# Online Strangeness in Quark Matter Conference 2021

May 17 – 22, 2021
US/Eastern timezone

## Studying strangeness and baryon production in small systems through Ξ−hadron correlations using the ALICE detector

May 21, 2021, 9:50 AM
20m
Room C (Zoom)

### Room C

#### Zoom

zoom co-host: Zhongling Ji https://stonybrook.zoom.us/j/99045792821
Experimental talk

### Description

One of the remaining puzzles in heavy-ion physics is that enhanced yields of multistrange hadrons — believed to be a signature of the quark–gluon plasma — are not only observed in heavy-ion collisions, but also in high-multiplicity proton-proton and proton-nucleus collisions. Various phenomenological models have been developed to try to understand this, such as rope hadronisation (available in PYTHIA 8.230) and core-corona models (used in EPOS). A prediction of the string/rope model is that strangeness is produced through $\mathrm{s\bar{s}}$ pair breakings in the hadronisation phase, resulting in close correlations in phase space between strange and anti-strange hadrons, whereas in a core-corona model, strange quarks are produced earlier in the collision than strange hadrons, resulting in much weaker correlations. Experimentally, this can be studied by triggering on a (multi)strange hadron and studying the distribution of particle pairs of opposite strangeness. Here the same-strangeness pairs provide an estimate for the combinatorial background, so by subtracting these, one can access the part which is due to balancing quantum numbers.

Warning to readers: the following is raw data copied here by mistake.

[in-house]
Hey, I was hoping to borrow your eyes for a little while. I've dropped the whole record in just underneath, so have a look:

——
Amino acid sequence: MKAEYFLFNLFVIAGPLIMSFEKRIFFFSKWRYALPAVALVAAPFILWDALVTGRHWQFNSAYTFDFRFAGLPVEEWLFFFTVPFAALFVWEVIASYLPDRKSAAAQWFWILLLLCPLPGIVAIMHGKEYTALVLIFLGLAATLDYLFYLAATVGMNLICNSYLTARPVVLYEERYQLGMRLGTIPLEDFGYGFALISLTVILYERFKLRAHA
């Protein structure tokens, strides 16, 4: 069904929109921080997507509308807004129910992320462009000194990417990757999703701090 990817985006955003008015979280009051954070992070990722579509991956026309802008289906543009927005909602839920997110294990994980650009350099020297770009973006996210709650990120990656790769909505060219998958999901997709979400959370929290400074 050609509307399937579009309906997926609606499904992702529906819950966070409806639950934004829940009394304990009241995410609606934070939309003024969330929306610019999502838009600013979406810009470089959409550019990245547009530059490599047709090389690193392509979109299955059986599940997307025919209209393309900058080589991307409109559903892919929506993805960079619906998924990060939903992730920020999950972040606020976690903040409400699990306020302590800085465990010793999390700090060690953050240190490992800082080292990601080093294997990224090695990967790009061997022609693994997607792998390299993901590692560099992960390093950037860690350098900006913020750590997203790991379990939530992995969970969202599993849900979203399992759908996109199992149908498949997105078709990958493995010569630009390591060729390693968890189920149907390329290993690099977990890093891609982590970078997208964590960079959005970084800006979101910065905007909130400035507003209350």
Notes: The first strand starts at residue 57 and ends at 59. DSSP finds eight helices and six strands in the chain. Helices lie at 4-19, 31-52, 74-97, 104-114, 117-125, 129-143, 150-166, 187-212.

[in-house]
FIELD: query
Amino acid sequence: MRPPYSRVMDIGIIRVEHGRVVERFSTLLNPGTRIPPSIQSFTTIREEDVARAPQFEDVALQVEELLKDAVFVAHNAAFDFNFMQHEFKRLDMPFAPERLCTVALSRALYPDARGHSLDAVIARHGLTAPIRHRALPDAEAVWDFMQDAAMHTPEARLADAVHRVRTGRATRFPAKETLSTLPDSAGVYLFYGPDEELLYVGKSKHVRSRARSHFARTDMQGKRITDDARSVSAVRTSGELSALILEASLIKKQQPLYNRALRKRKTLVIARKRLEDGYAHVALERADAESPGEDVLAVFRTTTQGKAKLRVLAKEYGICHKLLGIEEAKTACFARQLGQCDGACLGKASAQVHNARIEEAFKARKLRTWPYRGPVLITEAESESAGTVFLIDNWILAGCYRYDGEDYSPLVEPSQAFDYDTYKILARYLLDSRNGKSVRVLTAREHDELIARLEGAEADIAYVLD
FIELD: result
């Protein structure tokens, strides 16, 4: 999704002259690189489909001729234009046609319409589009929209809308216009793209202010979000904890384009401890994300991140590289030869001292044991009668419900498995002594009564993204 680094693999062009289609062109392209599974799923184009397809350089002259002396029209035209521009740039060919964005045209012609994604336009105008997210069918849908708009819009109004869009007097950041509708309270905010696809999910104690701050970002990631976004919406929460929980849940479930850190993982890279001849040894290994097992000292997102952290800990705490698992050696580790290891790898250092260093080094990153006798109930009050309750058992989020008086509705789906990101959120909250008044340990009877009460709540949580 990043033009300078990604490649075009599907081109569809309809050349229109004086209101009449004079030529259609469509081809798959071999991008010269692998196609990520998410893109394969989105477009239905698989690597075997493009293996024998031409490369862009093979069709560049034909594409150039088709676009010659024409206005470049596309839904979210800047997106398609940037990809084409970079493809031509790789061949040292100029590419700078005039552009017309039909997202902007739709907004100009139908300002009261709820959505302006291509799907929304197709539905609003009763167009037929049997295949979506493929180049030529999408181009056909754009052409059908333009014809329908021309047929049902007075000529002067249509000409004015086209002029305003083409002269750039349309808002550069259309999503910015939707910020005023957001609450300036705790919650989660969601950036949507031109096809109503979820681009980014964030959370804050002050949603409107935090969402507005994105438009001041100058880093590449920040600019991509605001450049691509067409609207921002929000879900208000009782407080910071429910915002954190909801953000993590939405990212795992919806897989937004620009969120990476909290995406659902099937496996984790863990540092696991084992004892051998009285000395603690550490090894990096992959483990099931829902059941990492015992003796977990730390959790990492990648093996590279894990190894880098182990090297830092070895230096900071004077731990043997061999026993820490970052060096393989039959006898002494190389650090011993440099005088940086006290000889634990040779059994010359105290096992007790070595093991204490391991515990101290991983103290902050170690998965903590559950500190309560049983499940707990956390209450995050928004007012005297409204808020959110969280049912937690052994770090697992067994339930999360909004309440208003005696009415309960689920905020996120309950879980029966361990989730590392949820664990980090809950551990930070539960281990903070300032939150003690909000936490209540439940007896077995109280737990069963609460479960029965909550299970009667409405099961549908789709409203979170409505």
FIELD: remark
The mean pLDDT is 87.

In this talk, we present results on the correlations between strange particles in pp collisions at $\sqrt{s} = 13$ TeV that are studied by triggering on Ξ$^−$ or Ξ$^+$ baryons and measuring per-trigger yields of charged kaons, Λ and Ξ baryons for several multiplicity classes, using the ALICE detector. Similarly, charge and baryon correlations are studied by measuring also per-trigger yields of pions and protons. The results are compared to theoretical predictions by PYTHIA and EPOS, where for PYTHIA two extensions are included: rope hadronisation and string junctions. The latter provides an alternative mechanism for baryon production. These results allow one to learn more about the strangeness and baryon production mechanisms, and how they change with multiplicity.

Collaboration ALICE